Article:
In yesterday’s post, we introduced trans-class protection for well-known trademarks and the factors that might lead to this status being granted. Today, we would like to conclude by explaining situations in which well-known trademarks will not be granted trans-class protection.
III. Situations where trans-class protection will not be granted to well-known trademarks
As discussed above, well-known trademarks only enjoy trans-class protection when meeting the following conditions. Now, we will introduce some common situations where trans-class protection cannot be achieved:
1. There will be no confusion with the well-known trademark
Whether or not there will be confusion is the key to determining whether there is infringement between two trademarks. And, the essence of the phrase “create prejudice to the interests of the well-known mark registrant” mentioned in yesterday’s post is whether the trademark with the later application will be confused with the well-known mark registered in another class. For this reason, if the trademark with the later application would not be mistaken with the well-known mark in the same class, then no interests would be damaged, and the well-known mark naturally would not be able to oppose it. For example, in the case of 中信家具 (Zhongxin Furniture) vs 中信集团 (Zhongxin Group), although 中信集团 held a well-known trademark for 中信 in the finance industry, the furniture industry and the finance industry are very different. Therefore, the court of first instance held that that no confusion would be created and refused the claim. (Although the case was ruled as infringement in the second instance, the author believes the decision made by the first instance court was correct)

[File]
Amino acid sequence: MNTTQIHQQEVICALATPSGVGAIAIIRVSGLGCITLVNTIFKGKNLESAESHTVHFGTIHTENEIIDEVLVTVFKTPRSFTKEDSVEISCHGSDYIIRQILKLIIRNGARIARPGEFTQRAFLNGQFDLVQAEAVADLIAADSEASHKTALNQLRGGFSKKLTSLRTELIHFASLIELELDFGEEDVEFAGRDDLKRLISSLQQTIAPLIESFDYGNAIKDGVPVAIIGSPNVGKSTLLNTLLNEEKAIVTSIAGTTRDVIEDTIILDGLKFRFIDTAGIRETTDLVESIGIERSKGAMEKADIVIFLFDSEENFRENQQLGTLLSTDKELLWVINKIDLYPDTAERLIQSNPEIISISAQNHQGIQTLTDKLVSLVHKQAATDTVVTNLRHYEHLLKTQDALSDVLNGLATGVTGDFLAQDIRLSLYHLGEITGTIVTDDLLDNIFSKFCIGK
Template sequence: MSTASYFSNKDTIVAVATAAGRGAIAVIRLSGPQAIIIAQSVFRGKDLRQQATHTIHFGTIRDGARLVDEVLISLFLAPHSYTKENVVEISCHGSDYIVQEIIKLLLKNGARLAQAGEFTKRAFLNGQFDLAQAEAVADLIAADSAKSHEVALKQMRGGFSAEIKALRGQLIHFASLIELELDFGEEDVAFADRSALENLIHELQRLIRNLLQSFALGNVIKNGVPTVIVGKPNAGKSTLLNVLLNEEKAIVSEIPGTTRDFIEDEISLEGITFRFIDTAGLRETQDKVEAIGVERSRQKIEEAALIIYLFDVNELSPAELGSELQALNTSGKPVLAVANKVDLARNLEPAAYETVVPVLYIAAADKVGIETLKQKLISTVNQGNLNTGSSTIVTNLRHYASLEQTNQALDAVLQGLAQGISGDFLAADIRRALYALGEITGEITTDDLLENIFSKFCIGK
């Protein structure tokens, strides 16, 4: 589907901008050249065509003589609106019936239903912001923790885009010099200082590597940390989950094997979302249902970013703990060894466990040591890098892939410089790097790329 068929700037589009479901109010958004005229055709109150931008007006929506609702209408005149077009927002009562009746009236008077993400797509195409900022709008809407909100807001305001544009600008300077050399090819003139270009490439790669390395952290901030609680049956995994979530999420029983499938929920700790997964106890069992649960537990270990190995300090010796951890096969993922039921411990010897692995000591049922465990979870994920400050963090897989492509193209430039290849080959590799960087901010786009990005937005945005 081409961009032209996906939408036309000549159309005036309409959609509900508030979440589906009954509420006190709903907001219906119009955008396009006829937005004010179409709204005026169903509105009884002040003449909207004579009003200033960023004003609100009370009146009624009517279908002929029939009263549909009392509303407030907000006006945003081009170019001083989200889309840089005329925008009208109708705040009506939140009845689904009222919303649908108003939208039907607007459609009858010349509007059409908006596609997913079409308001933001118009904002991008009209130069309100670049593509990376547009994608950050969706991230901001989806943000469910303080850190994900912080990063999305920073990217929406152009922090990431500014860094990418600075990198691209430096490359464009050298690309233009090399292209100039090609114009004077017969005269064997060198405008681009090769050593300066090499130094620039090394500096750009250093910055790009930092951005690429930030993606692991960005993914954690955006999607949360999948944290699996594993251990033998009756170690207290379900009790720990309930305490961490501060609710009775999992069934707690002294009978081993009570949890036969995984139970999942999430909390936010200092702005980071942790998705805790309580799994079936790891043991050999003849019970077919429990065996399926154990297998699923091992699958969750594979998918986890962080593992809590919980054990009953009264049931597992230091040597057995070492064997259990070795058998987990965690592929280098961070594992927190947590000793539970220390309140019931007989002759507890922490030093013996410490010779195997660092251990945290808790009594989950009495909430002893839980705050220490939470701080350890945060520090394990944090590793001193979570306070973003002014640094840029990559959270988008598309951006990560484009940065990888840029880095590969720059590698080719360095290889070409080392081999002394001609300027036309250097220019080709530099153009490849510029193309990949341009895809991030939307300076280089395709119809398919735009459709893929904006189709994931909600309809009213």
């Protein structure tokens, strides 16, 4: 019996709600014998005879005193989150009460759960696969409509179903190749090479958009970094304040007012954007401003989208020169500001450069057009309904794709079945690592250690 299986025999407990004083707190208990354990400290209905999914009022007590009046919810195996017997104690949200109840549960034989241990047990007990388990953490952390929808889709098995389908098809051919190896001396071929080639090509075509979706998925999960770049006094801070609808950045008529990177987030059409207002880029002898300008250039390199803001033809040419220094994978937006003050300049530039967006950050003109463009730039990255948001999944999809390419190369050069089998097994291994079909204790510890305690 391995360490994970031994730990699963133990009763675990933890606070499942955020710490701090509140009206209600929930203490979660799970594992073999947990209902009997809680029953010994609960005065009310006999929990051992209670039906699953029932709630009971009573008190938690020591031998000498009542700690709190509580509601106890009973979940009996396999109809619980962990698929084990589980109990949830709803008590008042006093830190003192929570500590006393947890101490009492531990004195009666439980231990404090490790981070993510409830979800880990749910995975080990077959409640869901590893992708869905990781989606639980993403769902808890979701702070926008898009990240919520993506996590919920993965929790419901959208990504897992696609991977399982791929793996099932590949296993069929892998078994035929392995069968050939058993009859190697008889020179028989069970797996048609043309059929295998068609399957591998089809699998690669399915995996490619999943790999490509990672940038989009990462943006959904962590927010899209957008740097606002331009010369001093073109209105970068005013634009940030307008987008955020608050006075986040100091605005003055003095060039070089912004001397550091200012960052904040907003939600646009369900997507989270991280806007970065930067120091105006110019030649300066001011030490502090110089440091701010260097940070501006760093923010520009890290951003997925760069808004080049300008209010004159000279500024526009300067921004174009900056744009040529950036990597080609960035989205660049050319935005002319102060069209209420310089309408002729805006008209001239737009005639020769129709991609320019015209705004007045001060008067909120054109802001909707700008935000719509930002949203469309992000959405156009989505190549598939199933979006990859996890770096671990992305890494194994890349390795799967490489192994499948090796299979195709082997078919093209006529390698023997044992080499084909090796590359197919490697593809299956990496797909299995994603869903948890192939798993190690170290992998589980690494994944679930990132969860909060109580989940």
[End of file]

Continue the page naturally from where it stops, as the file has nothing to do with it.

2. The limits on the trademark right itself
Although the trademark is a kind of exclusive right, that right only governs later use of the trademark by others and cannot combat rights acquired first by others or the meaning of the trademark itself. For example, “陆家嘴” (Lujiazui), a famous place name in Shanghai’s Pudong area, has been registered as a trademark, but its holder could not stop others from using the name to describe a specific spot (like Lujiazui Park, Lujiazui Resturant, etc.), even if such use might present a real possibility of resulting in confusion. Of course, the user must have fair reason to use the name, and if a restaurant outside the area of Lujiazui uses it, then this would constitute trademark infringement.
In closing, although well-known trademarks are able to obtain trans-class protection, this privilege is not absolute. Courts and administrative organs will make different decisions based on the circumstances, which is why there were different decisions by the court and the Trademark Office in the 多美滋 dispute. But, for trademark holders, if full class protection is truly desired, then the full forty-five class registration shall be made from the outset.